Error Handling: Throwing PHP exceptions with the mysql_* extension.

Unfortunately, the (outdated) mysql_* extension in PHP does not support exception handling.
Obviously, this is an issue for those of us who want to avail of the flexibility that exceptions can offer. For the most part, developers who use the mysql_* extension tend to carry out their “error handling” like so:

The problem with this approach is that the rest of our application is completely oblivious to any SQL errors that may occur. If the query fails, the script is halted and there is no way to recover. To make matters even worse, the user will be presented with a nasty-looking SQL error.

A better, more-flexible approach would be to throw an exception if the query fails:

The code above checks to see if mysql_query returns a boolean FALSE value. If it does, we assume that an error has occurred. If an error has occurred, we proceed to throw an Exception containing the MySQL error message.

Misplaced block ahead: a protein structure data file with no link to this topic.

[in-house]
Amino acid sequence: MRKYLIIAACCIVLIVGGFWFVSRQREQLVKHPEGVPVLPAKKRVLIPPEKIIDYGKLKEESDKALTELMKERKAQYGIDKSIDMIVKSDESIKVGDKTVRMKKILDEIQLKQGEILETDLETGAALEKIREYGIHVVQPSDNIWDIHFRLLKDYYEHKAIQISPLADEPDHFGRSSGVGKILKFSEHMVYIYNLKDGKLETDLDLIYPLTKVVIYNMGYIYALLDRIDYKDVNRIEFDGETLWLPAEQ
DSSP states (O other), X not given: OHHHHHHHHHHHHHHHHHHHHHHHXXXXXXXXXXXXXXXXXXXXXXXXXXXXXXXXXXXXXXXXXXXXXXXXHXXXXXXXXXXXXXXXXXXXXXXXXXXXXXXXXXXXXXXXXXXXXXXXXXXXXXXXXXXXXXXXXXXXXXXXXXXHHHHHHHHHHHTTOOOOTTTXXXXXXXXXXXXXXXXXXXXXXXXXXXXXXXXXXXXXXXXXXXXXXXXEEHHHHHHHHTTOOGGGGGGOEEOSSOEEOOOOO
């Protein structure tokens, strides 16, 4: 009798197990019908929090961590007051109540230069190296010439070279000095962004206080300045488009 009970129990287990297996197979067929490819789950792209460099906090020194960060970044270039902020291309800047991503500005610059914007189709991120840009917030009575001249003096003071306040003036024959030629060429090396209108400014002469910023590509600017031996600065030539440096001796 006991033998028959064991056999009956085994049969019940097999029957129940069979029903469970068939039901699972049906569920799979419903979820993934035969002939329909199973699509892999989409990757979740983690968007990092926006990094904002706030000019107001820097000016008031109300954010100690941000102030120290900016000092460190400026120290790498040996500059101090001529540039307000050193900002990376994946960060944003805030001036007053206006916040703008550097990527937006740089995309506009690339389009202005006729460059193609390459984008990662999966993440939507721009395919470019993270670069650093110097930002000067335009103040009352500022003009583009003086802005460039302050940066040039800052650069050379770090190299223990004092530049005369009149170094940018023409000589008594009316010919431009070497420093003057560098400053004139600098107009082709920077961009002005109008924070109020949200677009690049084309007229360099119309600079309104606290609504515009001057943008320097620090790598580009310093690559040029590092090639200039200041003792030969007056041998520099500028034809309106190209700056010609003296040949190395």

If you’re worried about the extra added code, then you can abstract your exception-throwing into a custom function like so:

Using this custom function, we can execute our queries like so (and catch any errors):

Using exceptions can be extremely beneficial when it comes to handling failed SQL queries.
In the vast majority of cases, a failed SQL query indicates that the application is down and that something has gone terribly wrong. In cases like this, shouldn’t catch the exception in question. Instead, you should “handle” it via a custom exception handler. This can be achieved with the function set_exception_handler. An example:

Basically, whenever an exception is thrown, our application will automatically call the app_error function above. There, we can log the error, set a 500 internal server error header and provide the user with a custom “error template”.